Pier Paolo Pasolini was an Italian actor, director, writer, screenwriter, co-writer, editor, and musician, born on March 5, 1922, in Bologna. Early in his work experiences he attempted an acting career at Cinecittà, then returning to teaching from 1951 to 1953 at a suburban school nearby Rome.

Chance would have it, his neighbours were the Bertoluccis, with whom Pier Paolo struck up an immediate friendship. With Bernardo he took his first steps in cinematography, while thanks to his father Attilio he had the impressive commission from a renowned publishing house for two poetry anthologies. His biographical story fully coincides with the tumultuous activity of the writer, director and intellectual committed to testifying and defending his own radical diversity, often even in court.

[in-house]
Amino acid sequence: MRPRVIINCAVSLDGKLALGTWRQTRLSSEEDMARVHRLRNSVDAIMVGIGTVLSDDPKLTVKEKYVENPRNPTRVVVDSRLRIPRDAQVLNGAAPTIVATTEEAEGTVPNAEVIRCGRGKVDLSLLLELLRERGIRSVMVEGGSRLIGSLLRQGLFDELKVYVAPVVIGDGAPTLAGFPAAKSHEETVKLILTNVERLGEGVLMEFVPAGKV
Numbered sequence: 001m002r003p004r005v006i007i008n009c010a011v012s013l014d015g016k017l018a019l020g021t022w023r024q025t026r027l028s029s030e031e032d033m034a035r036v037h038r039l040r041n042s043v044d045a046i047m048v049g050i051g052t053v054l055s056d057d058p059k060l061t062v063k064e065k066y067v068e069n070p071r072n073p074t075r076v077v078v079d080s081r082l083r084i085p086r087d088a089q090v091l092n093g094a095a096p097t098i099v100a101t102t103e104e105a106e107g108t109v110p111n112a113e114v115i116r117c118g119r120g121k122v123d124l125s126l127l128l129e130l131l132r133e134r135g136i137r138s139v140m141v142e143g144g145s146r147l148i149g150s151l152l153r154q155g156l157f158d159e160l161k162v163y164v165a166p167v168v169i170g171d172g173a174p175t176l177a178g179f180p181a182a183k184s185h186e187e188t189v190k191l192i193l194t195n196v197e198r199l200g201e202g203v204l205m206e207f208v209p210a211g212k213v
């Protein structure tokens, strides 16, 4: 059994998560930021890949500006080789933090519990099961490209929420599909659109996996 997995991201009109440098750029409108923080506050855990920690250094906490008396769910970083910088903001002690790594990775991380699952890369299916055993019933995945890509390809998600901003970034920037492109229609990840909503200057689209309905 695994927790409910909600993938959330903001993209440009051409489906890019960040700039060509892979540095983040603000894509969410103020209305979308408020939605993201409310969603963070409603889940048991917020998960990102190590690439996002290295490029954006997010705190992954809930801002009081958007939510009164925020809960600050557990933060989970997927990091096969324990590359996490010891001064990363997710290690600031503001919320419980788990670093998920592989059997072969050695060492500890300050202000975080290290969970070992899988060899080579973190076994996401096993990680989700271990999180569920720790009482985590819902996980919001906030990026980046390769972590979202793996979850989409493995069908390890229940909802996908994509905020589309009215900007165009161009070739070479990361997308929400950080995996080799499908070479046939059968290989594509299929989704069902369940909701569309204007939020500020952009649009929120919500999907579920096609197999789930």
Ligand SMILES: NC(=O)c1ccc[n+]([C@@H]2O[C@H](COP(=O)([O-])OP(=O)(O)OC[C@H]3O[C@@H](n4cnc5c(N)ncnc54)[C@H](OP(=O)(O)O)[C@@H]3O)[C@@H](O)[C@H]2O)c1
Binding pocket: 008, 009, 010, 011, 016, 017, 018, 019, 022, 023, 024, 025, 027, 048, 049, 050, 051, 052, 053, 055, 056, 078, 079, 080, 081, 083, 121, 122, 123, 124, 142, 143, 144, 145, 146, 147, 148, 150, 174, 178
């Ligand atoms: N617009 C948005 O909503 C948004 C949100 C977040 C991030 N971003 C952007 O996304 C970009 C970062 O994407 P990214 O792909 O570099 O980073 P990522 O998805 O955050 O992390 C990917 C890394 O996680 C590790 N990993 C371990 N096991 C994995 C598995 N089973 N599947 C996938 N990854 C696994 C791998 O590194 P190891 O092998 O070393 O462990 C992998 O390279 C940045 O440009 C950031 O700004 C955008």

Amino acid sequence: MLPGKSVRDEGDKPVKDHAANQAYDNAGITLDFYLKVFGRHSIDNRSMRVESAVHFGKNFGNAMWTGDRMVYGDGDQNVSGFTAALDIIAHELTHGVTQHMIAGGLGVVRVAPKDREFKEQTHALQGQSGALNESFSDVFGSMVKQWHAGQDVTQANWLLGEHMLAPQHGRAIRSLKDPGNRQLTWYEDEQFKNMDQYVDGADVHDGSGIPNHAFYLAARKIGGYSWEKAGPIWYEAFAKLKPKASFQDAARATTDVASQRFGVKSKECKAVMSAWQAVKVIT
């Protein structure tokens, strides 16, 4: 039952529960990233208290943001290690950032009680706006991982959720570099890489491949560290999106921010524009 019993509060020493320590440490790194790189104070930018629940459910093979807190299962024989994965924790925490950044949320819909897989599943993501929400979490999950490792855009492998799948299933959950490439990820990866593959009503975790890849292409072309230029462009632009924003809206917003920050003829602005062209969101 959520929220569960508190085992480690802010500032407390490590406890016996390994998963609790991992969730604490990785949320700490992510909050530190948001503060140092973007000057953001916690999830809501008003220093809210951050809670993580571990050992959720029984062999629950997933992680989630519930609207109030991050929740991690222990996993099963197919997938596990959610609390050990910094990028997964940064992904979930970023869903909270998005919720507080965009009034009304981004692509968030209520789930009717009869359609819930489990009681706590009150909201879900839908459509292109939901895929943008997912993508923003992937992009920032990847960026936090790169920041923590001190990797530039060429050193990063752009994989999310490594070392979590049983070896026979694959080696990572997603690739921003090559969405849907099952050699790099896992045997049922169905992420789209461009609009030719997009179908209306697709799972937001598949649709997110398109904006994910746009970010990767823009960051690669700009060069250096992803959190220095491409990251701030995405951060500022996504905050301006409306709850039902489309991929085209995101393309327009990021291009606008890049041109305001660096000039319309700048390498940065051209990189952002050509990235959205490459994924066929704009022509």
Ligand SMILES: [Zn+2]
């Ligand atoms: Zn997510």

In 1972 he received the Golden Bear Award at the Berlin Film Festival for the film Canterbury Tales and in 1974 he was awarded with the Cannes Jury Grand Prix, collecting all of the most prestigious acknowledgements both nationally and internationally.

At the age of 53, Pasolini was found dead at the Ostia hydroport (1975). A scandalous and countercultural life thus came to an end.